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WE PREACH, "CREATE AND LEAD AN ENVIRONMENT THAT WILL LEAD TO SUPERIOR OUTCOMES"

There has been a lot written regarding creating a positive classroom environment. However, one area of emerging interest is classroom incivility. We focus on this area as a means to provide specific direction in managing incivility and as a means to better understand the importance of maintaining a positive control over the class to create a performance-centered environment.

What Causes Student Incivility?

From news reports and higher education literature in recent years, it is evident that student incivility is creating a negative undercurrent on many college campuses. Incivility is defined as disruptive student behavior intended to interfere with the teaching and learning process of others (Morrissette, 2001; Royce, 2000). As the recent incident at Virginia Tech illustrates, extreme cases can result in physical assaults or murder of faculty members (King, 1996; Ristine, 1996; "Professor shot to death during exam in Detroit," 1998; Schneider, 1998; Watson, 1998), the more common incidents involve rude behavior in the classroom (Clark & Springer, 2007; Clayton, 2000; Heinemann, 1996). Examples of such behavior include reading the newspaper, cell phone use, talking during class, coming in late, and verbally discrediting or abusing faculty or fellow students. Typically, the inappropriate behavior of a few students negatively impacts the learning environment for all and results in faculty and student stress, discontent, and burnout (Appleby, 1990). Such incidents have prompted a number of universities, such the University of Colorado at Boulder, University of Texas at Austin, and Indiana University, to hold forums and provide information to assist faculty via their teaching centers. Likewise, professional associations such as the National Education Association (NEA) and the American Association of Higher Education have posted bulletins on their websites, offering suggestions of ways to counter student incivility. Despite these efforts, it is argued that this issue is largely under-publicized. Why is this so?

Ironically, one of the biggest reasons is faculty reluctance to disclose inappropriate student behavior (Boice, 1996). Evidence suggests that such incidences are more likely to happen to females and faculty of color (Alexander-Snow, 2004; Royce, 2000) and to those who are most vulnerable in terms of their employment status with the university, such as junior faculty, teaching assistants, or adjunct faculty. Many indicate that they are embarrassed by the situation and fear that, by reporting student incivility, they will appear incompetent or unable to manage their classroom environment (Carlson, 1998; Downs, 1992; Hernandez & Fister, 2001). In addition, many faculty members do not believe that they would have support from university administration when reporting such behavior (Clayton, 2000; Morrissette, 2001). Because of enrollment competition, faculty sense that there is more of a "customer service" orientation on many campuses and that administration would not be supportive in dealing with such issues. Given the rather private nature of teaching, discussions about student classroom conduct rarely occur in departments on campus, leaving faculty feeling isolated and "on their own" in how to address such behavior (Amada, 1992). Consequently, many choose to ignore or "give in to" student incivility which only serves to compound the problem (Clayton, 2000).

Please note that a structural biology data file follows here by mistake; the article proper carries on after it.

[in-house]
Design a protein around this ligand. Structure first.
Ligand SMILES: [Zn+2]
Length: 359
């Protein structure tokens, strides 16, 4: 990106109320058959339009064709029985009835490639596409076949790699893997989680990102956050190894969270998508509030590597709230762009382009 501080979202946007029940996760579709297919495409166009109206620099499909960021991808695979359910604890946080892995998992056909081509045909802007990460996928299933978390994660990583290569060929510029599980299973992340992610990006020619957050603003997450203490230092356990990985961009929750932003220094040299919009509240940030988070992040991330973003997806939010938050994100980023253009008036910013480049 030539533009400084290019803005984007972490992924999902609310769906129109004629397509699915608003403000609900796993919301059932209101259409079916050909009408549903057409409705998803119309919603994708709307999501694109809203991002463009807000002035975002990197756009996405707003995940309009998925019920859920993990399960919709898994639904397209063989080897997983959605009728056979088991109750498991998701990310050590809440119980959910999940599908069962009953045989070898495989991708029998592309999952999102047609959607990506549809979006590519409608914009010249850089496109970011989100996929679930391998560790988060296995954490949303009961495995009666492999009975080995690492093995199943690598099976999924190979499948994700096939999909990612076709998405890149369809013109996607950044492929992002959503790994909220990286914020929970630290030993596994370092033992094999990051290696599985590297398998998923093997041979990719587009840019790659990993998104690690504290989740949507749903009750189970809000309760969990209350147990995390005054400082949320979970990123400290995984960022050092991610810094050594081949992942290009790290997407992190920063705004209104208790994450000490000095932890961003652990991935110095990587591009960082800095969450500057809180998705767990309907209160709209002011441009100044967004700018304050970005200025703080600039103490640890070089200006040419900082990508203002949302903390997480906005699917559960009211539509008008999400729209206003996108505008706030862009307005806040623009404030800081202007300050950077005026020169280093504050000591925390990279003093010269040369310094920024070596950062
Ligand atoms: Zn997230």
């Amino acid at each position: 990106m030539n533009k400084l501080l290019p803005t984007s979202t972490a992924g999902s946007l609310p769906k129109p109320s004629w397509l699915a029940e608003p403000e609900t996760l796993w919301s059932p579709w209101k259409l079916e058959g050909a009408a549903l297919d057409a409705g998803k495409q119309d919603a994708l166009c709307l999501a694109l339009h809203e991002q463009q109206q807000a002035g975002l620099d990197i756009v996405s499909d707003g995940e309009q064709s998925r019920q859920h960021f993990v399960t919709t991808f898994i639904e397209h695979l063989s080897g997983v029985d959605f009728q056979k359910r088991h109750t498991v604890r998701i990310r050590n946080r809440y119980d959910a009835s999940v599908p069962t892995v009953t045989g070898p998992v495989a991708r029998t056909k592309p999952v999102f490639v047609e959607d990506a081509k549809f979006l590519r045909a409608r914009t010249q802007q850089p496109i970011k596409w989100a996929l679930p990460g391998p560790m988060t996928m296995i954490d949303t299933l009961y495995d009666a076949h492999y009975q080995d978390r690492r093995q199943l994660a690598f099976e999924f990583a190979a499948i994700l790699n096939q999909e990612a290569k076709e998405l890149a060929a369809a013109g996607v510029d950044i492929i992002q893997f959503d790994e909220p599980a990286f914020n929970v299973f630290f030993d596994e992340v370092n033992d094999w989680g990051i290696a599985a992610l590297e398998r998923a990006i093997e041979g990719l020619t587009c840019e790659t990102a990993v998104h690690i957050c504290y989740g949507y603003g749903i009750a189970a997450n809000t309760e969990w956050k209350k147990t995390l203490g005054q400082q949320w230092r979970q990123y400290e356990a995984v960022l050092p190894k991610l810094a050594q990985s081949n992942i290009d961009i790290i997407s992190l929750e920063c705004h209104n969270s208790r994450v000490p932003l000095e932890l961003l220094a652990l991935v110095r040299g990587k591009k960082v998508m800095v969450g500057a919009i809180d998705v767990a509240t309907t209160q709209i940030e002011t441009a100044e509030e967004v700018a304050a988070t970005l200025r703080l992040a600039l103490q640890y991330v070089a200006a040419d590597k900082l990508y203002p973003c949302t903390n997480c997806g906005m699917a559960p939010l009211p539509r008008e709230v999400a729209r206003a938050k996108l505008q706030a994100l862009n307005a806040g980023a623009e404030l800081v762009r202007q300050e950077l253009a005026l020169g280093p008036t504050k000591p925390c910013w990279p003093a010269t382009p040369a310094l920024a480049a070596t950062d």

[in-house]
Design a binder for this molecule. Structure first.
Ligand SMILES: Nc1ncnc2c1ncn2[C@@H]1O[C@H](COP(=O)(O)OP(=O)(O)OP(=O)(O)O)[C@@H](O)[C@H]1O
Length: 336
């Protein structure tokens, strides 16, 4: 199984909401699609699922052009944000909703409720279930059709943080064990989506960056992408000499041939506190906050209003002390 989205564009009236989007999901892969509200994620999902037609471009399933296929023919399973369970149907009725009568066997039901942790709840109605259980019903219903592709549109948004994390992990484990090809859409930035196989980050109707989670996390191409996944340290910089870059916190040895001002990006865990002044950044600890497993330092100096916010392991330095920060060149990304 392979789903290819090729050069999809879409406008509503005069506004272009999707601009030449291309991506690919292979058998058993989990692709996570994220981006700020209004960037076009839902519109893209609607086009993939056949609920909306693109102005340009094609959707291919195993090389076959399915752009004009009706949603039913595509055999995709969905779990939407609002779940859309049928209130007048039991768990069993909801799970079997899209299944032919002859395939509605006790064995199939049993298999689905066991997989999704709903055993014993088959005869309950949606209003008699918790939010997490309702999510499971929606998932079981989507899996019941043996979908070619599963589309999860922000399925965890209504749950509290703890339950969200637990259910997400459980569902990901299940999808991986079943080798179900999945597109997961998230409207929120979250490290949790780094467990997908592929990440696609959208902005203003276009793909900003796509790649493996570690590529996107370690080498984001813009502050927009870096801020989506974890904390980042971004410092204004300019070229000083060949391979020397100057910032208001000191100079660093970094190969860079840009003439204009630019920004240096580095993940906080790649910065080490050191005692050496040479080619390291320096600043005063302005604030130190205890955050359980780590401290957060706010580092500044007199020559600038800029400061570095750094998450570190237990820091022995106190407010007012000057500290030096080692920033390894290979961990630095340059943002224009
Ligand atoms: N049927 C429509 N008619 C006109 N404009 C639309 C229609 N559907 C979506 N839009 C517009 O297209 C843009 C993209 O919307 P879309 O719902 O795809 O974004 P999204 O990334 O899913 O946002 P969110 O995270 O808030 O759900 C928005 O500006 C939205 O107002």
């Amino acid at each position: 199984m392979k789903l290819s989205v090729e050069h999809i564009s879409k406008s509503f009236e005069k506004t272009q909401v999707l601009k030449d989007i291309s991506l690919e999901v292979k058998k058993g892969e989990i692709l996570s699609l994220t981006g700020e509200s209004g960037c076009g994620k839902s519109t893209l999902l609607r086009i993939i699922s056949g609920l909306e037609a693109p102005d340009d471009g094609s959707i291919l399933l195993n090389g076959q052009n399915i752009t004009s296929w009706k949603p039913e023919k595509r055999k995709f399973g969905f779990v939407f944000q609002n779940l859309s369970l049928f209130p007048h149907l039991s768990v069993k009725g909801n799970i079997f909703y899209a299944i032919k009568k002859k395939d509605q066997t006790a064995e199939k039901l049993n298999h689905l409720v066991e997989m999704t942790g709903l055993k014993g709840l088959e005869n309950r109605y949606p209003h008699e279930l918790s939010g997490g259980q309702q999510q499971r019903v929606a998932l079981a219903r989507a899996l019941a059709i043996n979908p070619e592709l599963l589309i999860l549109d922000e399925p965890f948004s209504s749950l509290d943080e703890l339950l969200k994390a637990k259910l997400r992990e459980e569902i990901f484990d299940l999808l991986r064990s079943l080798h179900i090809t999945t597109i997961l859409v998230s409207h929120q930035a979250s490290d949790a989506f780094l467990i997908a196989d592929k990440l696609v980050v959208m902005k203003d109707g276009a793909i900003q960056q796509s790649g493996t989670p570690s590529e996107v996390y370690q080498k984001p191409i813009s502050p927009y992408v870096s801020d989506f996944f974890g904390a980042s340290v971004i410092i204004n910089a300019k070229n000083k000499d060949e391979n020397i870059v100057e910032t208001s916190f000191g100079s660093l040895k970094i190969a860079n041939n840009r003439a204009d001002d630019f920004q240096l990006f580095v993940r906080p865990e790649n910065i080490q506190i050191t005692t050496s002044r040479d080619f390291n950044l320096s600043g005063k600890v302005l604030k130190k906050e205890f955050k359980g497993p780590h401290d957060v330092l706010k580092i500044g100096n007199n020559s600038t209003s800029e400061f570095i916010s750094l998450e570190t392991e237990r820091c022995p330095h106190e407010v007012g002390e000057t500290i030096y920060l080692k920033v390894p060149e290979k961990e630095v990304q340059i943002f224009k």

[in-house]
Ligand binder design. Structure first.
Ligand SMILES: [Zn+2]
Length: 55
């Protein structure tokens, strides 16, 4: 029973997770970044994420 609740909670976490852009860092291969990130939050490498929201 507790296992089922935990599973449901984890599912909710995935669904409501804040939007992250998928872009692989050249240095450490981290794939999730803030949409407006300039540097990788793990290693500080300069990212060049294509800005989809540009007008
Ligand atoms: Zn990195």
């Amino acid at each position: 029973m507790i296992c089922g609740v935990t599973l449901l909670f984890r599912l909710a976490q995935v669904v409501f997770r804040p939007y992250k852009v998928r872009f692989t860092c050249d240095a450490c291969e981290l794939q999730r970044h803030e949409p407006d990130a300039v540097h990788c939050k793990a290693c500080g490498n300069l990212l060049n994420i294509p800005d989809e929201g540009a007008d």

So, why do such incidences occur? Many would argue that these are cases of "students behaving badly." Richardson (2000) indicates that, while college students are awarded certain adult privileges by society such as voting and military service, they are typically new to life away from home and the demands of college life, thus lacking in maturity. Levine and Cureton (1998) echo this when describing college students as distrustful of leadership, lacking in confidence of social institutions, and being ill prepared for the rigors of academe. Students are cited as having a "consumer mentality" and thereby, see faculty as service providers, not authority figures ("Managing Behavior," 2003). In addition, students generally do not see their behavior as having a bearing on their education or future success.

However, others see incivility as being initiated by faculty behavior. For example, Boice (1996) concluded that faculty members' lack of immediacy behaviors (warmth and approachability) during the first few days of class have a significant impact on the likelihood of classroom incivility. Faculty members also tend to see their role as an "expert" who imparts knowledge and fail to engage the students in an active learning environment, leading to feelings of frustration for the student (Richardson, 2000). Thomas (2003) found that students were angry about unexpected changes to the course syllabus, rigidity, and being overly critical. Likewise, another study which tapped student perceptions of disrespectful instructor behavior found evidence of failure to show concern and sensitivity to students' situations (Buttner, 2004). There are additional situational factors that contribute to the problem, such as large class sizes, greater use of adjunct or part-time faculty, and lack of training of faculty as effective teachers ("Managing Behavior," 2003).

 
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